Cold process soaps are soaps that are made using a specific method called "cold process" which I won't go into in great detail but it is probably the most common method of making handmade bar soaps. You add purified water, lye, oils, and then dyes and fragrances if you choose. Ta daaaaa! Handmade soap. If you read my previous blog, you already know that it isn't exactly a simple no-brainer process though. Cold process soaping (also known as CP soaps) allows the soaper to add whatever ingredients she chooses to make a great bar of soap and there are some pretty inventive and creative cold process soapers out there on etsy. You have full control over what goes into your soap product. CP soaps take awhile before you can actually use the soap. It is several weeks from start to finish so the soaper really has to think ahead of time to when the soap will be ready for use.
Melt and Pour soaping is another method that is a simpler process. In a sense, the soap itself is already made. You are simply buying the base soap product, melting it down and then remolding into another shape. During the meltdown process, you can also add other ingredients that show your creative flair such as colors, micas, fragrances, exfoliants etc. to personalize the melt and pour soap. Melt and pour soaps (also called MP soaps) lend themselves well to putting into cute molds, layering with different colors, adding imbeds etc. The process is much more instantaneous than the CP method. The soap is ready right away after being made. So, it is really a wonderful creative soaping method. The drawback is that you don't have full control of what products went into the MP soap because you are essentially purchasing already made soap.
Many sellers choose not to delve into the MP soap world because they don't have full control of products going into it. On the other hand, many soapers find also that MP soaps sell well because they can be made simply, easily, quickly, and there is so many creative things that can be done with it.
As a consumer, your decision lies as to whether you are purchasing a soap to get you clean, know what is in your product, or love fancy and visually exciting soaps. If you love different shapes, imbedded items and fun soaps, chances are you are drawn to soaps made by the MP method. If you are looking for purity of product, knowing exactly what is in your soap and just want to get clean, you may be more drawn to the CP method. There are many CP soaps that are visually interesting to look at as well. All you need to do is check out some of the many etsy sites and see the variety of soap bars available.
I tend to keep most of my soap bars simple. That is just my choice, although my next bar has a little more visual excitement than some of my previous ones. It won't be ready until next month, called Blackberry Kumquat...puple and yellow. (See one of my previous blogs regarding it. I will have a picture out shortly). I also make MP soaps and large quantity because I've found a base MP soap that is a great base from which to start.
Hopefully, some of you are now a little more informed about what soaps are out there and what are getting for your buck :)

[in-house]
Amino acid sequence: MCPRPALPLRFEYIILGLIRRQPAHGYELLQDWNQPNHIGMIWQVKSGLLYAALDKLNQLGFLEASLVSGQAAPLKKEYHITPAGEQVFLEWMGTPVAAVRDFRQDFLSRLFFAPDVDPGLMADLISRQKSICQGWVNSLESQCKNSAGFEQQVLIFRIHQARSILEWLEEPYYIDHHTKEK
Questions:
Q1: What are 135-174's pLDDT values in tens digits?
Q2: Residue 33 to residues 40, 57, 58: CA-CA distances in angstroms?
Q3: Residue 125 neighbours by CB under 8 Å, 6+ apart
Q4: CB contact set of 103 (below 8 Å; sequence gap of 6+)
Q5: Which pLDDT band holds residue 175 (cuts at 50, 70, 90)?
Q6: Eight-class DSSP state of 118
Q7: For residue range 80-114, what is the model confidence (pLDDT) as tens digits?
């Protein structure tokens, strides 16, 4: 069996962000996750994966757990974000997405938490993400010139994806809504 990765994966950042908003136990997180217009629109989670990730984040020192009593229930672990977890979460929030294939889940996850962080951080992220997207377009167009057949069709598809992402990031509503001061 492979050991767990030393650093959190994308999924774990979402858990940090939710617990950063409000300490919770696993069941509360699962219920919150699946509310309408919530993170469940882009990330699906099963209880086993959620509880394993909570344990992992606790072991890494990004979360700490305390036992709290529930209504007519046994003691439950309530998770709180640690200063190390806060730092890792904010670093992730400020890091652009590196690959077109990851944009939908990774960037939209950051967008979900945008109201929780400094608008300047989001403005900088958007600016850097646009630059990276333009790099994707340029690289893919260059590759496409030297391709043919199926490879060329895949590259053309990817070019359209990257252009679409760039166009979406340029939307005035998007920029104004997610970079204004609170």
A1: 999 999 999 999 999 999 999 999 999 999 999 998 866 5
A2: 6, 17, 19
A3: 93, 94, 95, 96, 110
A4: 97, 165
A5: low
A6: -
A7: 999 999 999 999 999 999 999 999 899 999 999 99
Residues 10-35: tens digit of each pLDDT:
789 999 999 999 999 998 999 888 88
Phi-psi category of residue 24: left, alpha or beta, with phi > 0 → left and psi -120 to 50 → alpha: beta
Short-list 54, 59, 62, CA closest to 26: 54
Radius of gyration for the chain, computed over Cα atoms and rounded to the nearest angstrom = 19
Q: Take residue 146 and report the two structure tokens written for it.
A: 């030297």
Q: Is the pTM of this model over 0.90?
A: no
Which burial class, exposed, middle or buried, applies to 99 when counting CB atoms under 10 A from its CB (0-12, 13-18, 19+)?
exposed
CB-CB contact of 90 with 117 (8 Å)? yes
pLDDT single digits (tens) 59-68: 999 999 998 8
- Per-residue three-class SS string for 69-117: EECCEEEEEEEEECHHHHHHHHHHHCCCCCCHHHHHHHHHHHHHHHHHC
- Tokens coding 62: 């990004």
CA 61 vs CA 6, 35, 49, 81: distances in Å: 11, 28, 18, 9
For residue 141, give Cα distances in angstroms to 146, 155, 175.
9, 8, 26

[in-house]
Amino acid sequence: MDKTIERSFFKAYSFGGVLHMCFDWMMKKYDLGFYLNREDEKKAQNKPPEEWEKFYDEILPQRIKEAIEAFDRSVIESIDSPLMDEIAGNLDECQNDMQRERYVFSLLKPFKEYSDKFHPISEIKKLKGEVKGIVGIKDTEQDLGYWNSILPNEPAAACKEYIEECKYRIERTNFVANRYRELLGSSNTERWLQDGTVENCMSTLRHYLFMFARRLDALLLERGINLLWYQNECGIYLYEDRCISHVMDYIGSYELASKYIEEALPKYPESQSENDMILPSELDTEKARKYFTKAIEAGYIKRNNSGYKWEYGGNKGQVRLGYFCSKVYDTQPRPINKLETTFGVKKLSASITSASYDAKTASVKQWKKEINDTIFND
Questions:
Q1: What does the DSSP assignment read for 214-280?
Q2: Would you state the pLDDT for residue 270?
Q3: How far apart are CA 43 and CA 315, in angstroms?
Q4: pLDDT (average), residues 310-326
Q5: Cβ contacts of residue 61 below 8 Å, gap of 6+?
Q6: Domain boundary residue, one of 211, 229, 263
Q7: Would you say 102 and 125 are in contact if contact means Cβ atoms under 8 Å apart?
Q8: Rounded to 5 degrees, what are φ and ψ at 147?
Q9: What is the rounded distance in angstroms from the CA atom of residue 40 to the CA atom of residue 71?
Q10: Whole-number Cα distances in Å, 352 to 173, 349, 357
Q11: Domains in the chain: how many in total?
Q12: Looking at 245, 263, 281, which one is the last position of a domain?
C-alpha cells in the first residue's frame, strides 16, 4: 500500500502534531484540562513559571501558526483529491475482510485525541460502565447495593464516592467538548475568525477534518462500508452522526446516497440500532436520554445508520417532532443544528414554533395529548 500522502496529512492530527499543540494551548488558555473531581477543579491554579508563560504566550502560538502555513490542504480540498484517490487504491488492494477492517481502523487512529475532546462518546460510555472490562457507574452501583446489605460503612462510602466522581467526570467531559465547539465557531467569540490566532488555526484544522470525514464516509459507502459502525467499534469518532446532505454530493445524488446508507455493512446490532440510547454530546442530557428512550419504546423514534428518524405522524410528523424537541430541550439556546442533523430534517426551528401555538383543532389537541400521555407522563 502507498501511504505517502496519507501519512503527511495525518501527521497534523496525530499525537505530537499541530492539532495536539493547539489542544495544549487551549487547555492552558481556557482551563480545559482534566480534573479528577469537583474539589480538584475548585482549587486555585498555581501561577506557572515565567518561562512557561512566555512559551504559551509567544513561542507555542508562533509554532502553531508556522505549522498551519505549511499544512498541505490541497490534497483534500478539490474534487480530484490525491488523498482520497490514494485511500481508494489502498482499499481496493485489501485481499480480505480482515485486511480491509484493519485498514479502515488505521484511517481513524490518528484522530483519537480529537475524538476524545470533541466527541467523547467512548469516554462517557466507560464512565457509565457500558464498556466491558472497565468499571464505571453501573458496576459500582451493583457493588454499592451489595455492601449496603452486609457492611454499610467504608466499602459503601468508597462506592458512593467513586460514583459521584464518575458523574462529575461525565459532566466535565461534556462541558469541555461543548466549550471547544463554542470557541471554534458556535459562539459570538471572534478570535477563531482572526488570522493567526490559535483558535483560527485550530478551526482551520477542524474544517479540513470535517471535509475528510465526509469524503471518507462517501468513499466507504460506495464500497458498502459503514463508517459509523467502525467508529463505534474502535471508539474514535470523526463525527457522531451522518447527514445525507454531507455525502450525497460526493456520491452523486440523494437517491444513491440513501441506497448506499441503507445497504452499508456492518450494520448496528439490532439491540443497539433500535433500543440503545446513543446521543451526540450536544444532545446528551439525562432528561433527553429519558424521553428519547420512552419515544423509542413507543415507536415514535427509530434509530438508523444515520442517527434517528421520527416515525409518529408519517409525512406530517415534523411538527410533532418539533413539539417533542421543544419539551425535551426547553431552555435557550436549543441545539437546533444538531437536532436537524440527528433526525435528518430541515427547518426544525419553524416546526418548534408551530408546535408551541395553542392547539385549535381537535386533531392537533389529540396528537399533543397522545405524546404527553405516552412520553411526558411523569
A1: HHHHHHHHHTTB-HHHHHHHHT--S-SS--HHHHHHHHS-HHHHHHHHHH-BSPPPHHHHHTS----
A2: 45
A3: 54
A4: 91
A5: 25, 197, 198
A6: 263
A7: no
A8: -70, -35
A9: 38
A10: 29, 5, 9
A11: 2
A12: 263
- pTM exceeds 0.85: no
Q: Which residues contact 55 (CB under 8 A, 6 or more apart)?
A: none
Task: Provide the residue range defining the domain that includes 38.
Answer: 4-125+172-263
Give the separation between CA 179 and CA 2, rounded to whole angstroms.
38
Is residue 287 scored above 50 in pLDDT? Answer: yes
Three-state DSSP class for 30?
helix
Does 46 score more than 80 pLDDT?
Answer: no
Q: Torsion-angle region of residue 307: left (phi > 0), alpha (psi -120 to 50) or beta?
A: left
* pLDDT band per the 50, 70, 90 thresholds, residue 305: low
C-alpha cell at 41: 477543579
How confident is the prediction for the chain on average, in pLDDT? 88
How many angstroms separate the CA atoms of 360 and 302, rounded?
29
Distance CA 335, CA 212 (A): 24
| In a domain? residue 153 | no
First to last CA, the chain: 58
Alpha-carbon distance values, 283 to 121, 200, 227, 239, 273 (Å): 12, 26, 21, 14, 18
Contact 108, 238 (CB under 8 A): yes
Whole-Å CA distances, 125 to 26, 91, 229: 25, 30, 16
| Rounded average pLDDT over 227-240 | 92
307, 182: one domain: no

Monday, February 18, 2008
My first experience with making soap came from a box that I purchased at a craft store, which is not an unusual thing. Lots of folk start out that way. My reason for purchasing it may have been just a bit different though.
I had a couple of agendas. First, I wanted something to do with my kids that we could do together. My kids are preteen/teenager and I wanted something easy enough but would still catch their interest. Secondly, I had written a novel that initially included a character that made soap even though I knew nothing about making soap at the time. Unfortunately, I took the character out of the story because she was something of a side point rather than propelling the story forward. I hated doing it because I really enjoyed the character. She had grown on me so much that I wanted to know more about soapmaking.
So, back to the box. I took the box home and opened it up and saw all kinds of strange things...like stuff that already LOOKED like soap. All I was going to do with it was melt it, remold it into a different shape, add color and fragrance. Simple enough. We did that as a family, had a great time doing it and made some really fun bars of soap. I realized that after I had done this, I still didn't know anymore about making soap than I did prior to buying the box. All I had done was learn the basic art of melt and pour soap art. I liked it, had fun with it but I wanted to know more.
I began researching the internet to find places where I could learn more about soapmaking and found some great places such as a magazine called "The Saponifier" that is all about soap, several sites that show you step by step how to make soap from "scratch" and several sites that sell supplies for such a thing. What I REALLY wanted was someplace nearby that actually taught me how to make soap, but found nothing at all.
Determined, I continued my search and finally gave up, bought some books on how to make the stuff, studied them for months on end, and researched the net for as much information as I could gather. I got on forums, asked questions, asked more questions, kept studying about rules and regs, importance of sanitary conditions in soapmaking, the dangers (yes, it can be dangerous if not handled properly when making it). It gave me a very healthy respect for the art of REAL soapmaking and I wondered if I really wanted to pursue making it or not.
Step by step, I continued until I felt brave enough to actually purchase all the ingredients to make my first batch of what is called "cold process soap". I set all the ingredients out in the order that I would be using them including all the utensils that I would be using as well. I felt fairly confident that I would make a great batch of soap. I started off making a small batch so halved the original recipe I had.